Honestly I was a bit skeptical that meal prepping would really save us money. I mean sure, we could save some money, but I couldn’t see us saving more than 40 or 50 bucks a month. Now we can get out of the grocery store for less than $90 a week easily, for two adults. Trips are quick too since we know exactly what we need. Previously we were paying closer to $125, and throwing food away. We were wandering the aisles, and buying things we didn’t need and wasn’t healthy for us.

With meal prepping we never have any waste. We can make a run to the store in record time now because we buy exactly what we need, and only what we need. The extra money, about $100 a month, goes straight to savings. More than I thought.

We are also healthier. Keeping a good diet will end up meaning fewer diet-related issues down the road, and we feel good too. And Kristin won a weight loss competition earlier this year, too – which carried with it a cash prize. Losing the weight was awesome (and she looks great). Getting some cash on top of that was just the icing on the cake. Cake we can’t eat because, come on, it was a weight loss competition.

Relationship Transformation

Kristin and I are both extremely introverted. We can literally sit in the same house a couple rooms apart for hours on end and barely say a word. I’ll be working on the blog or playing a video game, and Kristin will read. People think it’s weird, but we love it. But since we have a set routine now, our Sunday mornings are always spent together, meal prepping and talking. It’s a great bonding time – just the right amount of interaction before we both need our secluded time.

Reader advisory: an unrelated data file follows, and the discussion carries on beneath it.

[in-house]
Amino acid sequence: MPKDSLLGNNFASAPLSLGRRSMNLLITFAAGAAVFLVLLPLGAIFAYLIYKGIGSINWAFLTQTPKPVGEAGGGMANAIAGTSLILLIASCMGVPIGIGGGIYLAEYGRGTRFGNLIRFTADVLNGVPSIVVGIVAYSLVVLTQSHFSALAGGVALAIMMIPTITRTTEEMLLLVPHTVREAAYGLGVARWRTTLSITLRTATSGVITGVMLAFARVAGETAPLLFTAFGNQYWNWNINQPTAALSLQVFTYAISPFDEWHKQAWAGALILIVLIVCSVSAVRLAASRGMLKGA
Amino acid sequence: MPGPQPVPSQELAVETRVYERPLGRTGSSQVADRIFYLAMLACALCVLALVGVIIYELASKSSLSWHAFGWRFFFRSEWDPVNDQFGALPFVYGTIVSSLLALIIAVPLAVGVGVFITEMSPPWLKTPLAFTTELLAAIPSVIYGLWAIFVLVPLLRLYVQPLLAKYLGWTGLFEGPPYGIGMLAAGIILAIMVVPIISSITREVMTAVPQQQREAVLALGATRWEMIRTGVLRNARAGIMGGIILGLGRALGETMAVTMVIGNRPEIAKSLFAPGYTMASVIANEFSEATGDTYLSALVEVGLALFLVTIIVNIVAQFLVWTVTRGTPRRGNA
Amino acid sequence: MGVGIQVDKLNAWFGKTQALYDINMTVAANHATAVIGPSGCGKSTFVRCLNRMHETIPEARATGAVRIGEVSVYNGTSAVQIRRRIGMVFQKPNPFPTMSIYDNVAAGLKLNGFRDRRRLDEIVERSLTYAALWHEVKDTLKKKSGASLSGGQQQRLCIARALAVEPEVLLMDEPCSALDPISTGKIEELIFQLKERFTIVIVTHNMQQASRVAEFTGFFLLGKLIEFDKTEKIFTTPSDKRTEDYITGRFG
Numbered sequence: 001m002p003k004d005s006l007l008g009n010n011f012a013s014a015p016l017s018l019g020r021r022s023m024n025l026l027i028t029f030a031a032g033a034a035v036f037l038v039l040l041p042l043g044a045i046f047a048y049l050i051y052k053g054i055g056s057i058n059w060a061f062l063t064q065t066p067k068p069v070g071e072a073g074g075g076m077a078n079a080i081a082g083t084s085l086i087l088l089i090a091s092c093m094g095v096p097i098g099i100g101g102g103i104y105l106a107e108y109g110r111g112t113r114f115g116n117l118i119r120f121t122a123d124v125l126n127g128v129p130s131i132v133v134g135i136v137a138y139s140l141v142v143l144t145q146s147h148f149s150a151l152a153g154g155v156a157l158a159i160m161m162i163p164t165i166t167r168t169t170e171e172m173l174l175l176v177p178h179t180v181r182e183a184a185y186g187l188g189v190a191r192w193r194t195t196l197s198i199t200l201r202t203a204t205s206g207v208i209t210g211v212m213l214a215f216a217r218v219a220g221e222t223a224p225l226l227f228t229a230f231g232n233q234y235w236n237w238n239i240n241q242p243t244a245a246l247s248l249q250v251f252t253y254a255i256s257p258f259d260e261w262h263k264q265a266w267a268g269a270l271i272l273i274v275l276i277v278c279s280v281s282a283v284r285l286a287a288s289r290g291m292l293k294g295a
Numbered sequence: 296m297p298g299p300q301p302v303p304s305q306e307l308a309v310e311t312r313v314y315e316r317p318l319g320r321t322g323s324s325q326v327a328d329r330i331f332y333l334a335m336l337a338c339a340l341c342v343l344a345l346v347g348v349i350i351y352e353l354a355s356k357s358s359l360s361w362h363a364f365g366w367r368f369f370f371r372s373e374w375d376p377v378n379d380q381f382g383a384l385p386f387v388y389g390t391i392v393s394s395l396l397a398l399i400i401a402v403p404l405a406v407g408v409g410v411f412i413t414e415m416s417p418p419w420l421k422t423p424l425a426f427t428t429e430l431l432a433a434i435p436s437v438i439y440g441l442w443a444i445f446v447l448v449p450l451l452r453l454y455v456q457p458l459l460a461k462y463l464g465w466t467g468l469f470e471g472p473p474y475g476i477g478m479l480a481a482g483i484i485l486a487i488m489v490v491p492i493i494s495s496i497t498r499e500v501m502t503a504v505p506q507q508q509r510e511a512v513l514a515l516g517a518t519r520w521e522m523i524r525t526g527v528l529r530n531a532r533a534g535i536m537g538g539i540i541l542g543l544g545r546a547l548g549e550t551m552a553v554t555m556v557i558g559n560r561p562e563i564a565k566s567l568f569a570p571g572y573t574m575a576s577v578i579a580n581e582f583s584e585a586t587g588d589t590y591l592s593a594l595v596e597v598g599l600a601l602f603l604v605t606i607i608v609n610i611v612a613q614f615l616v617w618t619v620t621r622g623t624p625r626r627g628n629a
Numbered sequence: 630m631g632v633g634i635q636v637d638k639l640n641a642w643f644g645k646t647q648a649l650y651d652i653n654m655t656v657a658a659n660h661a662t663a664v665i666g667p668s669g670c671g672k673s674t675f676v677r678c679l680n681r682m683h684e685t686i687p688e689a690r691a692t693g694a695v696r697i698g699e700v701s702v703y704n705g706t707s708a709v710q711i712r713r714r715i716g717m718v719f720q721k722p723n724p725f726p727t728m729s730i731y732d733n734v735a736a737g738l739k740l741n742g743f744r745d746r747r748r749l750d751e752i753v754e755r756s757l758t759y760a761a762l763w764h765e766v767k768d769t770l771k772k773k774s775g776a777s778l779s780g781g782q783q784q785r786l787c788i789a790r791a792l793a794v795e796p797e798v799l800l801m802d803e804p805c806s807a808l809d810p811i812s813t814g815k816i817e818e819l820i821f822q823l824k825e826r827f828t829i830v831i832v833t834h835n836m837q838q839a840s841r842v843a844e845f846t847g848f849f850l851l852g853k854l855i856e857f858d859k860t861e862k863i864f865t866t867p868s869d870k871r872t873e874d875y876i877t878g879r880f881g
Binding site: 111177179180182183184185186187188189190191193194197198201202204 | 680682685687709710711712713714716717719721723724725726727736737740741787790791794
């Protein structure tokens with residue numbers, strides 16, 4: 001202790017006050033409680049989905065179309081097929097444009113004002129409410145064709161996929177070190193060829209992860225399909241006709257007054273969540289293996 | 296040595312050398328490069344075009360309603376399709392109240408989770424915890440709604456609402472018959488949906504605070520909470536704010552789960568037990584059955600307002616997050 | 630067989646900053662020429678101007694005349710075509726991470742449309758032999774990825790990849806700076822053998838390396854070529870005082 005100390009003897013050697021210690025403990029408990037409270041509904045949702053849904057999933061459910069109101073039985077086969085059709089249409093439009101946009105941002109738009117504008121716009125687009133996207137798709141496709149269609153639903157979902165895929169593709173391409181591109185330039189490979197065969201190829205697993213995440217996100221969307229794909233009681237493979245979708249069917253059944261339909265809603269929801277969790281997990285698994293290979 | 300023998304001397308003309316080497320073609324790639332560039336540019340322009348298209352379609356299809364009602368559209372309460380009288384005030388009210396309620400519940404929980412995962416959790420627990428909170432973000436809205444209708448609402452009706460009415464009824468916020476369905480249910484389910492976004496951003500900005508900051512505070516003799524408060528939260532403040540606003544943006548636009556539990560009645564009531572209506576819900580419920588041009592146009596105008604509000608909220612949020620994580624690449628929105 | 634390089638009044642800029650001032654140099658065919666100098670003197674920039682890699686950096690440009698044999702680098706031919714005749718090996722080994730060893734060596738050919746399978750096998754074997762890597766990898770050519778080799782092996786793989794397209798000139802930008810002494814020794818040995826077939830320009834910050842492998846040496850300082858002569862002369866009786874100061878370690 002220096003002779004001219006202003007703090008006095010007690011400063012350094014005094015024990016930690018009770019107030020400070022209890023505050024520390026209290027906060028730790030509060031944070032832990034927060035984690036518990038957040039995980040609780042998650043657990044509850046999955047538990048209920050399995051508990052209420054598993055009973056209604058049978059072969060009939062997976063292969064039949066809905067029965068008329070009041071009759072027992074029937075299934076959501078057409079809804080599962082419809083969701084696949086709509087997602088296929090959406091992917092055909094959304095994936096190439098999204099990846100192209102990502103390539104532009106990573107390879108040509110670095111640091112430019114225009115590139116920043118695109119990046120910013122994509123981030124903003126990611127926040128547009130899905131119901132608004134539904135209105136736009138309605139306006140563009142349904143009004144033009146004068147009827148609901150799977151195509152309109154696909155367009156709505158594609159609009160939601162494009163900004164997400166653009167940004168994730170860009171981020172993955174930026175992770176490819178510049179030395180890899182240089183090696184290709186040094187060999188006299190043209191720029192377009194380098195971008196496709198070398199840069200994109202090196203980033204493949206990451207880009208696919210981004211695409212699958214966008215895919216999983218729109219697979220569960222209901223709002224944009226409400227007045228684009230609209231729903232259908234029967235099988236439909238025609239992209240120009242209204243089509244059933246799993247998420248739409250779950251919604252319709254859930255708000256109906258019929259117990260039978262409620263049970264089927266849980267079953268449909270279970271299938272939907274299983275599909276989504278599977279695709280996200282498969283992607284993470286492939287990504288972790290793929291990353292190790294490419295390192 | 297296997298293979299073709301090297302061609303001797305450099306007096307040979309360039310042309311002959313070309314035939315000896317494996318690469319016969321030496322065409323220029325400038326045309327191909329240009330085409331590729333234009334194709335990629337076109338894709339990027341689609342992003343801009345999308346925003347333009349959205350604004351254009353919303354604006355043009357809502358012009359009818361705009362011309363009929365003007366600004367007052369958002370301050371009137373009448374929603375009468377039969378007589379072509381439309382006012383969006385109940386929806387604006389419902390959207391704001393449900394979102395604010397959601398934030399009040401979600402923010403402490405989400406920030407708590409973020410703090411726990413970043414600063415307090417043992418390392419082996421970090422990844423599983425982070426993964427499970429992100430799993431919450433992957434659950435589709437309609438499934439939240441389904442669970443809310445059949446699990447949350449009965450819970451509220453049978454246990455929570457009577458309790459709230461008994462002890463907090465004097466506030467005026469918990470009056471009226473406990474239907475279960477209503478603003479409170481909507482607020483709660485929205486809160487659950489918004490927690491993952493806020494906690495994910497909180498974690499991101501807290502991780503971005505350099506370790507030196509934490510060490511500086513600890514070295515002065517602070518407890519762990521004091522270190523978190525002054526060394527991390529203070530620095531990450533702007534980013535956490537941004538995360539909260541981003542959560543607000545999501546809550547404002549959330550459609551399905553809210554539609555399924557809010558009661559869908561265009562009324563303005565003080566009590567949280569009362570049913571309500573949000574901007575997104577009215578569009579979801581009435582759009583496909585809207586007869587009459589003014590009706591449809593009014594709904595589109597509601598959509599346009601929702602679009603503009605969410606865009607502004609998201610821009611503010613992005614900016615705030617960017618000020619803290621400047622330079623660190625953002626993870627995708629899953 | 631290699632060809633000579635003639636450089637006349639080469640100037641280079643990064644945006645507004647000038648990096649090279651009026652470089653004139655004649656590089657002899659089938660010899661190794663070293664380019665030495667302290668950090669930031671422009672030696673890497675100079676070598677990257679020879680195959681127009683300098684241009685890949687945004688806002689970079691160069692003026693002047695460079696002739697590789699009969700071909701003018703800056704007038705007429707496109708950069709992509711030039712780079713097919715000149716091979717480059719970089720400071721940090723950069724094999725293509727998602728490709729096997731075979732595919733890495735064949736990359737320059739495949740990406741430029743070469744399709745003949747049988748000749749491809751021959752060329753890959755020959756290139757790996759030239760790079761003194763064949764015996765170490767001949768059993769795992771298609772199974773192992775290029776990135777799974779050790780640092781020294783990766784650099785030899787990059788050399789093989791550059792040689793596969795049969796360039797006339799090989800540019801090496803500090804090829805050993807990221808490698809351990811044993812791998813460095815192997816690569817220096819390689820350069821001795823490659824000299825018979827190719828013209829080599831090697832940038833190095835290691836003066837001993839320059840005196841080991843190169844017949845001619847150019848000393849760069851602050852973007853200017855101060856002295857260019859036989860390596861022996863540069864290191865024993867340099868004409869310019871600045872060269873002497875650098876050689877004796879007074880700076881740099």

Throughout the experience of meal prepping, I’ve actually found that I really enjoy cooking. I’m still learning a lot and have a very long way to go, but preparing a nice meal has been extremely rewarding. I now more regularly cook for Kristin, and I’m always trying to learn something new.


Meal prepping isn’t all fun and games. Yes we look better and are healthier, and save money to boot. But since we’ve moved into a smaller apartment, it’s been quite difficult to have both of us tackling something at the same time in the kitchen. If you’re planning on meal prepping, it’s best to have the space to do it comfortably. When we move into our new house, this will no longer be an issue.

What’s Next?